Head Shots

by Ian McKenzie about a year ago in how to

How to get the best Head Shots

Head Shots

Head shots have been a major component of my photographic work over the last twelve or so years. Most of the work I have done has been with actors and models for whom head shots are often the first step before getting an audition.

What are Head Shots, and for what are they used?

Well, they are not just for actors and models. They are really for almost everybody. If you have any presence at all on any social media platforms, chances are you need, and are in fact using, Head Shots.

If you are a business professional, an actor or a model; it is imperative that your head shots be of top quality. Also the requirements, depending upon your occupation, will have some variation, although many attributes will remain the same.

A Head Shot is normally a fairly tightly-composed portrait of a person, normally just from the chest up. The model in the Head Shot should be looking directly at the camera.

Social media sites usually use Head Shots as a thumbnail image of the person. So, it is important that they be easily seen and recognisable, even when small.

The purpose of having a Head Shot can vary. From a model’s or actor’s viewpoint, often the difference between a good Head Shot, and a reasonable Head Shot, may be the difference between getting an audition for a potential job, or not getting one.

For a business person, it is usually from a Head Shot that a potential client will gain their first impression of you. The kind of impression you are trying to give will be a determinant in issues such as the clothes you are wearing, your facial expression, and even choices such as the backdrop used in your photo.

Preparation required for the model in Head Shots

To avoid any confusion, I am using the term “model” in this instance to refer to the person posing in front of the camera, regardless of their profession.

Firstly, it is important for the model to be, and to appear, calm, confident, and relaxed. The photographer can help here by calmly chatting with the model. A good night’s sleep for the model before the photo shoot may even be helpful.

Clothing worn by the model will depend upon the model’s occupation, and therefore the primary purpose of the Head Shots. Business people should look like business people, and be wearing business attire. Models and actors can dress more casually. Regardless, avoid bright colours, or fancy patterns on clothing. The main focus should be on you, and not on the clothes you are wearing. Do not wear any shirts with logos, and/or any writing. Keep the shirts plain. Either dark colours or pastel colours can look good.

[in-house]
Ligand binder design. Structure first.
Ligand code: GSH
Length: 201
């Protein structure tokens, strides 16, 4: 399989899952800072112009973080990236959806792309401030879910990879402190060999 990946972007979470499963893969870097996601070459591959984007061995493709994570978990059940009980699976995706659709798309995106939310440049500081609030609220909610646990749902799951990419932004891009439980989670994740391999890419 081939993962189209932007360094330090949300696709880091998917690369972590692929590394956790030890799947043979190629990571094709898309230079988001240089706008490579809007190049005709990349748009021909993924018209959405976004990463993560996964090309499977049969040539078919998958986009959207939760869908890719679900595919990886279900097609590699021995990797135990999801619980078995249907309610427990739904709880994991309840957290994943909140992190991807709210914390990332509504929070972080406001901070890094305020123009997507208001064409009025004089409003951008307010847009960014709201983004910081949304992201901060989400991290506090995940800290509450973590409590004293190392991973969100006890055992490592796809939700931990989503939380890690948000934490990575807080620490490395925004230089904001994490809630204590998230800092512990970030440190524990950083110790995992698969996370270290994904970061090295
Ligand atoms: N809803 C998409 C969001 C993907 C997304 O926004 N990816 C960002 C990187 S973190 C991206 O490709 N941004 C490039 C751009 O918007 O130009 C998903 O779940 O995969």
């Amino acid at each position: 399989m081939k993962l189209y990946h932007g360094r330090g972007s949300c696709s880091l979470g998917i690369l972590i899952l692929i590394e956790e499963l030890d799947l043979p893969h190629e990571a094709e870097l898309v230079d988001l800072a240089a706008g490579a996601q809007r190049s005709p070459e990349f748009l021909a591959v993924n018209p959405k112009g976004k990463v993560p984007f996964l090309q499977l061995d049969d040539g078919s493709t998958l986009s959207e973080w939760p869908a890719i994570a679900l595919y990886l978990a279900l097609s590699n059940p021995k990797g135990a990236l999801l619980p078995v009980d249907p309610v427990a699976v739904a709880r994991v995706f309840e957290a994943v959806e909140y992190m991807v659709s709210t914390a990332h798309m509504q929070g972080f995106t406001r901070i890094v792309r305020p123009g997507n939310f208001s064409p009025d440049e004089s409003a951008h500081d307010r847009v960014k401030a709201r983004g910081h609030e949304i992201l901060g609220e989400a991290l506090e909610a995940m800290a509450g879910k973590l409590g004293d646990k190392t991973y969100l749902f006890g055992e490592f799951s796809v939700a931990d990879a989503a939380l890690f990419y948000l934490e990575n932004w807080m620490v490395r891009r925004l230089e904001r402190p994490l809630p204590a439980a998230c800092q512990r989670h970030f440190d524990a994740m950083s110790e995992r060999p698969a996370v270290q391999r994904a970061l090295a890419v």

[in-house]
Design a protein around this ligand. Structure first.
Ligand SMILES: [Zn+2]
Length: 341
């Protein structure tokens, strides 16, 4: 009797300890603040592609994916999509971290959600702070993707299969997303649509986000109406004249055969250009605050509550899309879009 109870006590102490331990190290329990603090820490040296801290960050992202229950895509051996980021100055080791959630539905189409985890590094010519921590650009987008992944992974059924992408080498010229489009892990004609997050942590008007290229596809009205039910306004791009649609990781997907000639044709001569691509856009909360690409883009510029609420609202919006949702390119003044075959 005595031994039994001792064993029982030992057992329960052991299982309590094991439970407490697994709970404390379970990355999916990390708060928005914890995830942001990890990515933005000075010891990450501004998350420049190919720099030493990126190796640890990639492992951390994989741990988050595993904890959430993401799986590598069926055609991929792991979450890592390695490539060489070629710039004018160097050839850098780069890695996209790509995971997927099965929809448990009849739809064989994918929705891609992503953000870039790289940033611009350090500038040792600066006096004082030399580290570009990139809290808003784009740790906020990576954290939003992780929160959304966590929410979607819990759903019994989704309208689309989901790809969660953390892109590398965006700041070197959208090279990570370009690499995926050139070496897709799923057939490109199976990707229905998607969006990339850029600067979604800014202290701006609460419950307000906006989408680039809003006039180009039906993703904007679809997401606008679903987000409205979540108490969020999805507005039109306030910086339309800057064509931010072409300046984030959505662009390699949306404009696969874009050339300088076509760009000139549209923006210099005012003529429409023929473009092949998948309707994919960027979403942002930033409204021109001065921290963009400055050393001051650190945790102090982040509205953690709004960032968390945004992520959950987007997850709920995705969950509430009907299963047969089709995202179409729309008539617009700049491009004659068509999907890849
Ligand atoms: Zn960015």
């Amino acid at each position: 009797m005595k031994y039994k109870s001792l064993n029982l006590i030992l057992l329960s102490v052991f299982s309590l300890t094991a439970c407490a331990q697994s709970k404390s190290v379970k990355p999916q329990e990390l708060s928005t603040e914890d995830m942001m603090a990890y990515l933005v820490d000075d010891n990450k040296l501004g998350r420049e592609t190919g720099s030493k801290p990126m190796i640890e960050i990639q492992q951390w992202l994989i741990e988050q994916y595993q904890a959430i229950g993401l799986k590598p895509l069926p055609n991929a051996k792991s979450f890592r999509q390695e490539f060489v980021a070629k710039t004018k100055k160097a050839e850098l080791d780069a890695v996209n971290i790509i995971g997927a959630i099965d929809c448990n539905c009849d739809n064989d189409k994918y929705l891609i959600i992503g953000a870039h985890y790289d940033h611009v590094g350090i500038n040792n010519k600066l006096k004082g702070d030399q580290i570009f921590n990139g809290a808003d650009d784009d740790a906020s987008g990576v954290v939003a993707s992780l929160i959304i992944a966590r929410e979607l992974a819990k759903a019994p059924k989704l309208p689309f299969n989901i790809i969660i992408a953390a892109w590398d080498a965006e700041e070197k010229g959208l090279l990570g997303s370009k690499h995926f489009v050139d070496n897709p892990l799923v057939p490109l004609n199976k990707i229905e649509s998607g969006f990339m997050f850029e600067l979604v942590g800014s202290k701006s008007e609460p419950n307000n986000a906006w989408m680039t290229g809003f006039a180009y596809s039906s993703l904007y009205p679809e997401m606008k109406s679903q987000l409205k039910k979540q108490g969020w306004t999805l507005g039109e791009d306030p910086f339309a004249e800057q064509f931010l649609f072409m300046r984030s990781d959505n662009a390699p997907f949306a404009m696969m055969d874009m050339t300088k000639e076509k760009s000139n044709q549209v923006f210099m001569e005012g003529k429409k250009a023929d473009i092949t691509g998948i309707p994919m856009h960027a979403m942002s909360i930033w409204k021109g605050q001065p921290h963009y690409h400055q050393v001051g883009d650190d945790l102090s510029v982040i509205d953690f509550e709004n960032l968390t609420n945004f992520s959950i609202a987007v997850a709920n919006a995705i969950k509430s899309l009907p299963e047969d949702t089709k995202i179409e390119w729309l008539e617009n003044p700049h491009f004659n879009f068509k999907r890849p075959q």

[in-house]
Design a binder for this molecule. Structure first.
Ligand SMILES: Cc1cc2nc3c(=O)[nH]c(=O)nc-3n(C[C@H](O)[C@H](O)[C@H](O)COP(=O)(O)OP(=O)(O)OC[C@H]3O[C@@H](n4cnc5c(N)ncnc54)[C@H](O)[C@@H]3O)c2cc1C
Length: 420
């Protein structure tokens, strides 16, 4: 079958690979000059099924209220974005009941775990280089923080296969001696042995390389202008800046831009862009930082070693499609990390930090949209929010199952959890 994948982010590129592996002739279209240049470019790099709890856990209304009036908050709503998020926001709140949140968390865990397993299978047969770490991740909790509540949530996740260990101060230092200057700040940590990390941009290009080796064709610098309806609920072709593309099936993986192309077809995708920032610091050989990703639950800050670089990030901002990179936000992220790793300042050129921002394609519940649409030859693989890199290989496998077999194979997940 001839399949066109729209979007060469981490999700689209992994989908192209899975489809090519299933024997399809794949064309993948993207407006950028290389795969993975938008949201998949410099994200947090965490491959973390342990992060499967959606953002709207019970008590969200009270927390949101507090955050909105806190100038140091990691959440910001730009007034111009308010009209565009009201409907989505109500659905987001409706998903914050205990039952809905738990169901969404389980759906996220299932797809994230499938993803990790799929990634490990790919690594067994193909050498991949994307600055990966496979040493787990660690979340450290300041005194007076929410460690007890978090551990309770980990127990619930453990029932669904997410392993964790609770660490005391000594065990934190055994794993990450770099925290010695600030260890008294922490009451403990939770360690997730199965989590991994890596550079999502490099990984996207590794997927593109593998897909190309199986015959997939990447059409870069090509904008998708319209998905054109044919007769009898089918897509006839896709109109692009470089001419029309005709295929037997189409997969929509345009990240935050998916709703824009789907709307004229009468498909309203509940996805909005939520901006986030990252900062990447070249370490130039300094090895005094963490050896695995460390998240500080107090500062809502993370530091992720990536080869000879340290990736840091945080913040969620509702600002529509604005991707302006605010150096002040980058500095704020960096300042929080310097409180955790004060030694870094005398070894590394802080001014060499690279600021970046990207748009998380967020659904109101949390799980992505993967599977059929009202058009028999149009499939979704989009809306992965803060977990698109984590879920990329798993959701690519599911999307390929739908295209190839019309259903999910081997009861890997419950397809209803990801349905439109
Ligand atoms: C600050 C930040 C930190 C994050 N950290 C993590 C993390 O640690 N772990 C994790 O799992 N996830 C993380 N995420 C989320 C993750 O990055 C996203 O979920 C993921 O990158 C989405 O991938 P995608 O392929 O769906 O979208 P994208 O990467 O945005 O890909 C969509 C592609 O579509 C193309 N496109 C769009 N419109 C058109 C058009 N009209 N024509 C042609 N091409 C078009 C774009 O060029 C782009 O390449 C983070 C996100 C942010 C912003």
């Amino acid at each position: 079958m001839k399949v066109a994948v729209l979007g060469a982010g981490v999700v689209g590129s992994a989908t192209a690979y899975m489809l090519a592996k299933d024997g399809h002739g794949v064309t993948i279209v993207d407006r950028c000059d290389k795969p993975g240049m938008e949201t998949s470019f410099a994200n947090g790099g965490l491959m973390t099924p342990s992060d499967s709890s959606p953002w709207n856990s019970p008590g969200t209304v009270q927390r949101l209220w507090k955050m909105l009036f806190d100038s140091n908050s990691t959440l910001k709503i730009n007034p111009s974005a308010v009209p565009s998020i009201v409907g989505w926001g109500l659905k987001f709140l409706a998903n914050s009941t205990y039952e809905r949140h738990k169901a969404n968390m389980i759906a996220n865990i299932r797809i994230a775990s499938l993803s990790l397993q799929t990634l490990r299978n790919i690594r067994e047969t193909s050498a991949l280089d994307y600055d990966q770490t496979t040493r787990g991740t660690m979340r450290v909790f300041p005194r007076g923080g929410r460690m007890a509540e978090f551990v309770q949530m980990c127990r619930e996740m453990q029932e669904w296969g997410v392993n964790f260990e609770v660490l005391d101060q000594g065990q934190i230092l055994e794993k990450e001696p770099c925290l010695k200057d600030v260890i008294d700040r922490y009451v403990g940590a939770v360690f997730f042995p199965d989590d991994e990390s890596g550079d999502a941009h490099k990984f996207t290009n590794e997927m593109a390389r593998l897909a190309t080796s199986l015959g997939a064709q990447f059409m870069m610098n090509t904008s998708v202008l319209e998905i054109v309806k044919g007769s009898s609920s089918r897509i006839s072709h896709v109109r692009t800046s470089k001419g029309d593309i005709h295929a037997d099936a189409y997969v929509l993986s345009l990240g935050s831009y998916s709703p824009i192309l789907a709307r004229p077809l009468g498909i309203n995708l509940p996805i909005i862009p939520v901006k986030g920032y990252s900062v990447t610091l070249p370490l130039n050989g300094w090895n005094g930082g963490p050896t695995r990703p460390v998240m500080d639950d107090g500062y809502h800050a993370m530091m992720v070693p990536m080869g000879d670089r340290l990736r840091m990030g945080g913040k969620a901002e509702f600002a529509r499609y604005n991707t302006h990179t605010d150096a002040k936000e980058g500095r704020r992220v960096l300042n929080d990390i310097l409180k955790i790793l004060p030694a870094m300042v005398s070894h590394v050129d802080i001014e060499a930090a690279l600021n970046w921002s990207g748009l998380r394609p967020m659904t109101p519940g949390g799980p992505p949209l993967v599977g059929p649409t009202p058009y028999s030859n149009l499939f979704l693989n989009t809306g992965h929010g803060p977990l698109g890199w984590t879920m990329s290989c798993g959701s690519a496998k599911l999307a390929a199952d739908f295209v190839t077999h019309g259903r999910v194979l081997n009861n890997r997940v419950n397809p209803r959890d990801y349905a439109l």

I remember seeing a Head Shot of a person on a LinkedIn business site once holding a can of beer in his hand. That was totally inappropriate. In fact, even hands should not appear in Head Shots.

A meeting with the photographer before the Head Shots are to be taken may be worthwhile.

Model requirements at the shoot.

The model should look as natural as possible. This means not going overboard with make-up or your hair styling. You need to look in real life like you do in your Head Shot. A business professional will probably require one only Head Shot that they can use. An actor or a model will require a set of them for their portfolio. The latter category will need to be able to show potential casting directors different moods, expressions, as well as different clothing options.

Photographer and model requirements at the shoot.

The shoot can occur at an indoor studio, or an outdoor setting. If a studio setting is chosen, only one or two studio lights with soft-boxes will be required to produce an even, diffused light. White is often chosen as the backdrop colour, although any plain or mottled pastel colour will work. The background is there for just that; a background. The viewer’s attention should not be drawn to it. All the viewer’s attention should be to the model’s face.

For a few reasons, my preference for Head Shots is generally an outdoor setting. However, if this option is chosen, be sure to choose a location in the shade with even, natural light. I shall say some more about camera settings later, but if an outdoor setting is chosen, it is imperative that the camera is set to a very shallow depth of field to give good bokeh. The f stop should be f1.8, or f2.8 at the highest. If your camera and lens will not allow you to use those settings, it is better to shoot indoors with a backdrop.